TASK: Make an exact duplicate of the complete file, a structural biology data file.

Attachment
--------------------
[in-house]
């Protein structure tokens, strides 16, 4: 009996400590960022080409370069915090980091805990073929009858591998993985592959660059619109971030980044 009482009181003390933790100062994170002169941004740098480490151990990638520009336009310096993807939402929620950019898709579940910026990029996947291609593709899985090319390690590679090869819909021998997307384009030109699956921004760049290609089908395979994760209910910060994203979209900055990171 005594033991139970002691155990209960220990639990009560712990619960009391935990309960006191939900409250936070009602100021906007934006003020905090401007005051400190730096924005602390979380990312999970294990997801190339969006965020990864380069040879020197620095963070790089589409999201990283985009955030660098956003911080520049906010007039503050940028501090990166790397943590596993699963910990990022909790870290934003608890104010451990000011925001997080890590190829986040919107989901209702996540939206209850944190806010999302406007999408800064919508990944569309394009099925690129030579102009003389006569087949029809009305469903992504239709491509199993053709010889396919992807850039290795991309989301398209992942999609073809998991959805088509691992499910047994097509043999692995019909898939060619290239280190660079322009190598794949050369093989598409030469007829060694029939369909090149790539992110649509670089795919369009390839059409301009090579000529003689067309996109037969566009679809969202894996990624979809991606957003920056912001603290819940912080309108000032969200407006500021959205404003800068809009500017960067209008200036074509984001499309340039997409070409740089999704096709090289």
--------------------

[in-house]
């Protein structure tokens, strides 16, 4: 009996400590960022080409370069915090980091805990073929009858591998993985592959660059619109971030980044 009482009181003390933790100062994170002169941004740098480490151990990638520009336009310096993807939402929620950019898709579940910026990029996947291609593709899985090319390690590679090869819909021998997307384009030109699956921004760049290609089908395979994760209910910060994203979209900055990171 005594033991139970002691155990209960220990639990009560712990619960009391935990309960006191939900409250936070009602100021906007934006003020905090401007005051400190730096924005602390979380990312999970294990997801190339969006965020990864380069040879020197620095963070790089589409999201990283985009955030660098956003911080520049906010007039503050940028501090990166790397943590596993699963910990990022909790870290934003608890104010451990000011925001997080890590190829986040919107989901209702996540939206209850944190806010999302406007999408800064919508990944569309394009099925690129030579102009003389006569087949029809009305469903992504239709491509199993053709010889396919992807850039290795991309989301398209992942999609073809998991959805088509691992499910047994097509043999692995019909898939060619290239280190660079322009190598794949050369093989598409030469007829060694029939369909090149790539992110649509670089795919369009390839059409301009090579000529003689067309996109037969566009679809969202894996990624979809991606957003920056912001603290819940912080309108000032969200407006500021959205404003800068809009500017960067209008200036074509984001499309340039997409070409740089999704096709090289």